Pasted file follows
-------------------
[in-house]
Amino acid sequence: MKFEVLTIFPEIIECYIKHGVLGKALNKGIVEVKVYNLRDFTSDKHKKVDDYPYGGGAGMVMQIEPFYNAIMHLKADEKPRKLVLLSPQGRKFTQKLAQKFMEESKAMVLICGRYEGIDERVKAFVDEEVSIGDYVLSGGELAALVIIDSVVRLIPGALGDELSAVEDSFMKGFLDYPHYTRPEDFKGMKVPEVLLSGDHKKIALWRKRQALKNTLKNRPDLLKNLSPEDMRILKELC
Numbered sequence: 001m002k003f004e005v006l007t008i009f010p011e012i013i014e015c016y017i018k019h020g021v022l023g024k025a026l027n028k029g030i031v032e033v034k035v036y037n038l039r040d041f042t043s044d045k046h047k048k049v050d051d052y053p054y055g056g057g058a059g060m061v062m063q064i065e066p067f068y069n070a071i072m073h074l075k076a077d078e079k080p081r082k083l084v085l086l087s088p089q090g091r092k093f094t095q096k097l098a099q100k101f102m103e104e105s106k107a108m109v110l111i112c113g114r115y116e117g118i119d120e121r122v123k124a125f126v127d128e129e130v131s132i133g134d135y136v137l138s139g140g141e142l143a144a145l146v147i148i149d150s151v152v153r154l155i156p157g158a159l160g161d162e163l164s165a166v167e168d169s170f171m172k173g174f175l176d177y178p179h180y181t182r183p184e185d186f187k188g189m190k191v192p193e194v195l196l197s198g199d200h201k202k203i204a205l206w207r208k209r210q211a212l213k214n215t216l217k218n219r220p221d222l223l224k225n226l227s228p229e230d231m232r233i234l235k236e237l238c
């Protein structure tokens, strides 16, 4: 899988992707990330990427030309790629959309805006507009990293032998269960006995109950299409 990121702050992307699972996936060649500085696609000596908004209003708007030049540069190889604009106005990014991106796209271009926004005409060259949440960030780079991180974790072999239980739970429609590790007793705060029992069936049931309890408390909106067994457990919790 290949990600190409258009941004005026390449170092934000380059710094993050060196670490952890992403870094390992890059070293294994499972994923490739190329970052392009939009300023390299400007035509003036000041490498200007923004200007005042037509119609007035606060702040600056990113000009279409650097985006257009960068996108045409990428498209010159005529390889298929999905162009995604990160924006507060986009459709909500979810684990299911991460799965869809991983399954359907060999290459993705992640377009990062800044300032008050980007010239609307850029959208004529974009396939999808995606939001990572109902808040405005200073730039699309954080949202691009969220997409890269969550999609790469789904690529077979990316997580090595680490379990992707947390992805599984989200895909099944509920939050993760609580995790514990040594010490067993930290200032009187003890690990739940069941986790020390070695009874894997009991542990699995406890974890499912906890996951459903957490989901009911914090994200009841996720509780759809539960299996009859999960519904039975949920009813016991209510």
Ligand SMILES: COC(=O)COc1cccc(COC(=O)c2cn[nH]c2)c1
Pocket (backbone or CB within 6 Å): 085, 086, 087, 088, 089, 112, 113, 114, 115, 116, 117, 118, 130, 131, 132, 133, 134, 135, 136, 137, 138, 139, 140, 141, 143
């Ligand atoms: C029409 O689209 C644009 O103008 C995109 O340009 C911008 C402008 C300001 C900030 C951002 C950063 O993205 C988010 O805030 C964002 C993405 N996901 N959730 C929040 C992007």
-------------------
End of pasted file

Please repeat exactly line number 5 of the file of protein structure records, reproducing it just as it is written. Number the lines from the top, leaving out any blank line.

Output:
Ligand SMILES: COC(=O)COc1cccc(COC(=O)c2cn[nH]c2)c1